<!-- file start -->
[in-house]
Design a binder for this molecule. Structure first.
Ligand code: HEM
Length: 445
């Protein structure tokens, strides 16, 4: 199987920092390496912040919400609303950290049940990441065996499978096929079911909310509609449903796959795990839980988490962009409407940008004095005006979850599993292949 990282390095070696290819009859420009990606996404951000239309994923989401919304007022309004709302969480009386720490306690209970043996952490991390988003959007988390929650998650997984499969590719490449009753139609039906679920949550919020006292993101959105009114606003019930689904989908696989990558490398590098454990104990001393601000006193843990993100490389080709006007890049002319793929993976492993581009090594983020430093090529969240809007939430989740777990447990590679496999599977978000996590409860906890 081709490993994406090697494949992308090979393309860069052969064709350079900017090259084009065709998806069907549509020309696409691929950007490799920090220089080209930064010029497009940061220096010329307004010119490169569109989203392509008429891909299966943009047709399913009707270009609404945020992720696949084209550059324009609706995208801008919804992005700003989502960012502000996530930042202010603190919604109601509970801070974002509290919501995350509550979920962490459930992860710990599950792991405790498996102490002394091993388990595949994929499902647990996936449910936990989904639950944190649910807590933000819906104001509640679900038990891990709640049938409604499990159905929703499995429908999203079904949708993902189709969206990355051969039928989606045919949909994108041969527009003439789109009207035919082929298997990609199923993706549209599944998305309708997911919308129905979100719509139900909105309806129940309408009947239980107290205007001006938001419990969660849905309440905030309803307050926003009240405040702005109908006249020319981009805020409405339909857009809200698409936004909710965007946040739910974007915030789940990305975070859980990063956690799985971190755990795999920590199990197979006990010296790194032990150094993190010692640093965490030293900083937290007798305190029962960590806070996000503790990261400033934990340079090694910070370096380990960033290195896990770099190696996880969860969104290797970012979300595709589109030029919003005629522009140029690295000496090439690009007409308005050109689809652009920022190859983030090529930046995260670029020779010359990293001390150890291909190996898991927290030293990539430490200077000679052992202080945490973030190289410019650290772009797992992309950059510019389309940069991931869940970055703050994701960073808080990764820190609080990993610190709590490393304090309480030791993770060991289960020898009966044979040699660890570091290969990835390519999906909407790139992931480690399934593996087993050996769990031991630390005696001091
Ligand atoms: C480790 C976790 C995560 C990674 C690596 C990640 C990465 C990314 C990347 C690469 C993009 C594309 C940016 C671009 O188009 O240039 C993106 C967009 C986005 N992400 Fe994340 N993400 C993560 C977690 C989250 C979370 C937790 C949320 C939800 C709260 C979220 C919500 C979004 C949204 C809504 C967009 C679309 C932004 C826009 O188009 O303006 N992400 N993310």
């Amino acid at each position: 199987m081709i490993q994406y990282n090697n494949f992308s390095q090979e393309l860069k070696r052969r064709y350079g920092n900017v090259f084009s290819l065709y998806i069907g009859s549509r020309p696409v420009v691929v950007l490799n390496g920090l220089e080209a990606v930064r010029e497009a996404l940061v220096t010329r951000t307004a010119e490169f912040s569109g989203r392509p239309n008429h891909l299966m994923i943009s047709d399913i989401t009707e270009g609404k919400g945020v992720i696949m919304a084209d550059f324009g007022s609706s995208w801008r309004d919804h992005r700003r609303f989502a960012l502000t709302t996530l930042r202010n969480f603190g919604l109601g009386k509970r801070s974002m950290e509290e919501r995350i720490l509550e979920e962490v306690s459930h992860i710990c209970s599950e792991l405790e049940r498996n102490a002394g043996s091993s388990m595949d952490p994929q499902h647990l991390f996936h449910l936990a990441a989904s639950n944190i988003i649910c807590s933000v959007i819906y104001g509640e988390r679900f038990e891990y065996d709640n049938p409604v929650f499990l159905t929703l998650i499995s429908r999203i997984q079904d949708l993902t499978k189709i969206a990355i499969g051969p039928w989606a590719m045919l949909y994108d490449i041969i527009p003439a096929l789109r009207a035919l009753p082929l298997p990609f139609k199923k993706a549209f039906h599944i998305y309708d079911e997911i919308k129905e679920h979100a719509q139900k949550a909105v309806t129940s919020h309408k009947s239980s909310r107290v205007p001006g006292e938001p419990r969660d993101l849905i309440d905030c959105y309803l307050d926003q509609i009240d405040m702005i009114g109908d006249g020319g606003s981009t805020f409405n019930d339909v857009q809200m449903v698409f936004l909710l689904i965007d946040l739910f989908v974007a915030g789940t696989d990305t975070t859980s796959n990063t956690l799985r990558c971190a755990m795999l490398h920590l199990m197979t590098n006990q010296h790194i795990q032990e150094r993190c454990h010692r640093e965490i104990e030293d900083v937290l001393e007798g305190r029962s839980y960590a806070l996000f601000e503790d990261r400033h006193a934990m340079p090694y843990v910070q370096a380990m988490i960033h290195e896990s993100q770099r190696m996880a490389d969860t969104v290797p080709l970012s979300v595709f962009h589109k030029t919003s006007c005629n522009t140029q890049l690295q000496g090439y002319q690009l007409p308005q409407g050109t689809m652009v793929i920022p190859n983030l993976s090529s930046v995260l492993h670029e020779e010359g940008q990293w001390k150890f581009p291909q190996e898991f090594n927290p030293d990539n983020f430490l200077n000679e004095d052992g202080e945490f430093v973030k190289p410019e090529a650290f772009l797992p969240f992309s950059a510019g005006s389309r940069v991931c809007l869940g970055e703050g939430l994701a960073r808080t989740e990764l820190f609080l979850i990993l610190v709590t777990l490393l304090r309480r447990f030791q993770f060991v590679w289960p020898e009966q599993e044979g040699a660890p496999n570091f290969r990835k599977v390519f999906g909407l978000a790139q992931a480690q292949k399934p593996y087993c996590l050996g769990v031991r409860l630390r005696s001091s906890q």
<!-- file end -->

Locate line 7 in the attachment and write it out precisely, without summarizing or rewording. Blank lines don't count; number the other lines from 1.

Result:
């Amino acid at each position: 199987m081709i490993q994406y990282n090697n494949f992308s390095q090979e393309l860069k070696r052969r064709y350079g920092n900017v090259f084009s290819l065709y998806i069907g009859s549509r020309p696409v420009v691929v950007l490799n390496g920090l220089e080209a990606v930064r010029e497009a996404l940061v220096t010329r951000t307004a010119e490169f912040s569109g989203r392509p239309n008429h891909l299966m994923i943009s047709d399913i989401t009707e270009g609404k919400g945020v992720i696949m919304a084209d550059f324009g007022s609706s995208w801008r309004d919804h992005r700003r609303f989502a960012l502000t709302t996530l930042r202010n969480f603190g919604l109601g009386k509970r801070s974002m950290e509290e919501r995350i720490l509550e979920e962490v306690s459930h992860i710990c209970s599950e792991l405790e049940r498996n102490a002394g043996s091993s388990m595949d952490p994929q499902h647990l991390f996936h449910l936990a990441a989904s639950n944190i988003i649910c807590s933000v959007i819906y104001g509640e988390r679900f038990e891990y065996d709640n049938p409604v929650f499990l159905t929703l998650i499995s429908r999203i997984q079904d949708l993902t499978k189709i969206a990355i499969g051969p039928w989606a590719m045919l949909y994108d490449i041969i527009p003439a096929l789109r009207a035919l009753p082929l298997p990609f139609k199923k993706a549209f039906h599944i998305y309708d079911e997911i919308k129905e679920h979100a719509q139900k949550a909105v309806t129940s919020h309408k009947s239980s909310r107290v205007p001006g006292e938001p419990r969660d993101l849905i309440d905030c959105y309803l307050d926003q509609i009240d405040m702005i009114g109908d006249g020319g606003s981009t805020f409405n019930d339909v857009q809200m449903v698409f936004l909710l689904i965007d946040l739910f989908v974007a915030g789940t696989d990305t975070t859980s796959n990063t956690l799985r990558c971190a755990m795999l490398h920590l199990m197979t590098n006990q010296h790194i795990q032990e150094r993190c454990h010692r640093e965490i104990e030293d900083v937290l001393e007798g305190r029962s839980y960590a806070l996000f601000e503790d990261r400033h006193a934990m340079p090694y843990v910070q370096a380990m988490i960033h290195e896990s993100q770099r190696m996880a490389d969860t969104v290797p080709l970012s979300v595709f962009h589109k030029t919003s006007c005629n522009t140029q890049l690295q000496g090439y002319q690009l007409p308005q409407g050109t689809m652009v793929i920022p190859n983030l993976s090529s930046v995260l492993h670029e020779e010359g940008q990293w001390k150890f581009p291909q190996e898991f090594n927290p030293d990539n983020f430490l200077n000679e004095d052992g202080e945490f430093v973030k190289p410019e090529a650290f772009l797992p969240f992309s950059a510019g005006s389309r940069v991931c809007l869940g970055e703050g939430l994701a960073r808080t989740e990764l820190f609080l979850i990993l610190v709590t777990l490393l304090r309480r447990f030791q993770f060991v590679w289960p020898e009966q599993e044979g040699a660890p496999n570091f290969r990835k599977v390519f999906g909407l978000a790139q992931a480690q292949k399934p593996y087993c996590l050996g769990v031991r409860l630390r005696s001091s906890q």